Orchard Irrigation:  Irrigation and Rainfall

In the high elevation desert climate of the Intermountain West, rainfall contributes a small fraction of the in-season water requirements of the crop. Therefore, regular irrigation is needed to supply orchard water needs.  This irrigation water can be supplied by flood, furrow, impact sprinklers, drip lines or microsprinklers.

Whichever irrigation system you utilize, it is important to calibrate your system so that you know precisely how much water is being applied.  With sprinklers and microsprinklers, the simplest way to do this is to place catch cans in multiple locations in your planting and collect water for a set period of time.  The amount of water collected over time will give you an application rate (inches per hour), and differences in water collected among the catch cans will tell you how uniform the application is within your planting.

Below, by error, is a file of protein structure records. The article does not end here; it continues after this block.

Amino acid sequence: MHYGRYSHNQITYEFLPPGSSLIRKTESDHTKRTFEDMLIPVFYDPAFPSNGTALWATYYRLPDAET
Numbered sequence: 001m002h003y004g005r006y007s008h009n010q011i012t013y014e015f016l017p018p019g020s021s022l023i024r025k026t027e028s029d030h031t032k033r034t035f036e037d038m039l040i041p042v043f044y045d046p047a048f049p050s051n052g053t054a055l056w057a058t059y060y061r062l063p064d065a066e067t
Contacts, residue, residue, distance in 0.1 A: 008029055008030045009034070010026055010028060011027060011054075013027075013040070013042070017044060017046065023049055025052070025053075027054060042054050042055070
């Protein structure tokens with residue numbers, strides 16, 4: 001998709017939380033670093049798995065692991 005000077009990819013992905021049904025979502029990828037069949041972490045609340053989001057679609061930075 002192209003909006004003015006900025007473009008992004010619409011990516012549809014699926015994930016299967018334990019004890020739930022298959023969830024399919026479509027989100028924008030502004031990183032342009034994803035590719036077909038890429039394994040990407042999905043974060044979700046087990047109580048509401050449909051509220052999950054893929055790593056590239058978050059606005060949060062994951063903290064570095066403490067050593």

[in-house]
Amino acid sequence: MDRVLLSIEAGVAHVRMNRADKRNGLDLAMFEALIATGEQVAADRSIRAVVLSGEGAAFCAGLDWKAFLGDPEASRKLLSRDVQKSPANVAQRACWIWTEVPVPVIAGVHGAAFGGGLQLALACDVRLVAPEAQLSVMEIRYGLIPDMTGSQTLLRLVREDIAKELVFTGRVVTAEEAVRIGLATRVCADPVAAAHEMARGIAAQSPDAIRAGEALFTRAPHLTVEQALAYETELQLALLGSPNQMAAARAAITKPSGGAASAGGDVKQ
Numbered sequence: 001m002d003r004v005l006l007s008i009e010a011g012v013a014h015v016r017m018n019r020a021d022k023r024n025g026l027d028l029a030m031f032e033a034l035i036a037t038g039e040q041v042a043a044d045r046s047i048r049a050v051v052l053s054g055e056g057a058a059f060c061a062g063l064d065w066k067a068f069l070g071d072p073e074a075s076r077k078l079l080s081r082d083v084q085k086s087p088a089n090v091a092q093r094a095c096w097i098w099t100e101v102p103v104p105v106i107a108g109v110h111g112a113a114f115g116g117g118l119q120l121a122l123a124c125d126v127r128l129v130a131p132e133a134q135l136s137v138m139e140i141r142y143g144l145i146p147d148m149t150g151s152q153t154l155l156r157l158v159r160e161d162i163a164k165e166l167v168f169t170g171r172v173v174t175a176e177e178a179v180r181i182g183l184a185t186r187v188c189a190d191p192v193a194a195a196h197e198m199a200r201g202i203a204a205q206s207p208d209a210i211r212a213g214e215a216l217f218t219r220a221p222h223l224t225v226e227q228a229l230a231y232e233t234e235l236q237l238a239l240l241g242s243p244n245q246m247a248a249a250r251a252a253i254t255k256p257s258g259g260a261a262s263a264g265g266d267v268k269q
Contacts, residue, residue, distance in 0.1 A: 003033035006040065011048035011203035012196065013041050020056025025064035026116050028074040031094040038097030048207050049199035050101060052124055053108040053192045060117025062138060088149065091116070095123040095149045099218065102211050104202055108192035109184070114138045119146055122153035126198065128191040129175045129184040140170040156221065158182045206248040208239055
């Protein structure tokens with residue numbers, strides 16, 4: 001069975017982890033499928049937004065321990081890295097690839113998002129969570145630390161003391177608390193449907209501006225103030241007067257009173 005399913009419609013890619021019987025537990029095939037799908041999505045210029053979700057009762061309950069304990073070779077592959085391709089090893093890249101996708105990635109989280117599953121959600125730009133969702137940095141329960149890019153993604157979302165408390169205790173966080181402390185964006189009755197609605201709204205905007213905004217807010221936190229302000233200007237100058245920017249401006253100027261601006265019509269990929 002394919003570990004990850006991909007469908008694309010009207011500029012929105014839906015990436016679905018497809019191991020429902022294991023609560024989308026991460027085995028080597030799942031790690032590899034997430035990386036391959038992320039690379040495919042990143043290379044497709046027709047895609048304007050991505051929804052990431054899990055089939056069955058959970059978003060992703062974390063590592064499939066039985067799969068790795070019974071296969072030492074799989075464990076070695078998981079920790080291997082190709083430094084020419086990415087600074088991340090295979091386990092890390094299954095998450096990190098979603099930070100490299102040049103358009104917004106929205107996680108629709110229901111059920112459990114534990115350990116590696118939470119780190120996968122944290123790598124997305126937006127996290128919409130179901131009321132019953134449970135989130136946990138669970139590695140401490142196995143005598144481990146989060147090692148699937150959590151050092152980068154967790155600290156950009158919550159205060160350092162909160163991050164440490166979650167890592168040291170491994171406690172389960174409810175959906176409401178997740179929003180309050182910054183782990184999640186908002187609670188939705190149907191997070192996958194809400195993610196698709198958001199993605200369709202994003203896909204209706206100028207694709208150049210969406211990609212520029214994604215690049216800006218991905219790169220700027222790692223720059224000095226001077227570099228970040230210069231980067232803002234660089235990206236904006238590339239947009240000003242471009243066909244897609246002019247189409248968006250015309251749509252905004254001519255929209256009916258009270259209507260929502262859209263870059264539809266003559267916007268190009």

When trying to determine application uniformity, it is best to measure output at both ends of your irrigation system.  Also, if your planting is on a slope, you should measure output at the highest and lowest points of your field.  Elevation differences and the distance the water travels through the irrigation lines both affect water pressure, and consequently the flow rate at the nozzle.  If you have trickle irrigation, you can place catch cans under the emitters and determine flow rate for each emitter.  Flow rate from each emitter and emitter spacing can be used to calculate rate per area.

The efficiency of your system is a measure of how much you have to over water the wettest spots in the orchard to get adequate water to the dry spots. Efficiency is related to the uniformity of application and to the amount of evaporation that occurs before the water can move into the soil.  A well-designed microsprinkler or drip system can be 70 to 90% efficient.  Overhead sprinkler systems are typically 60 to 75% efficient, while flood and furrow irrigation is typically 30 to 50% efficient.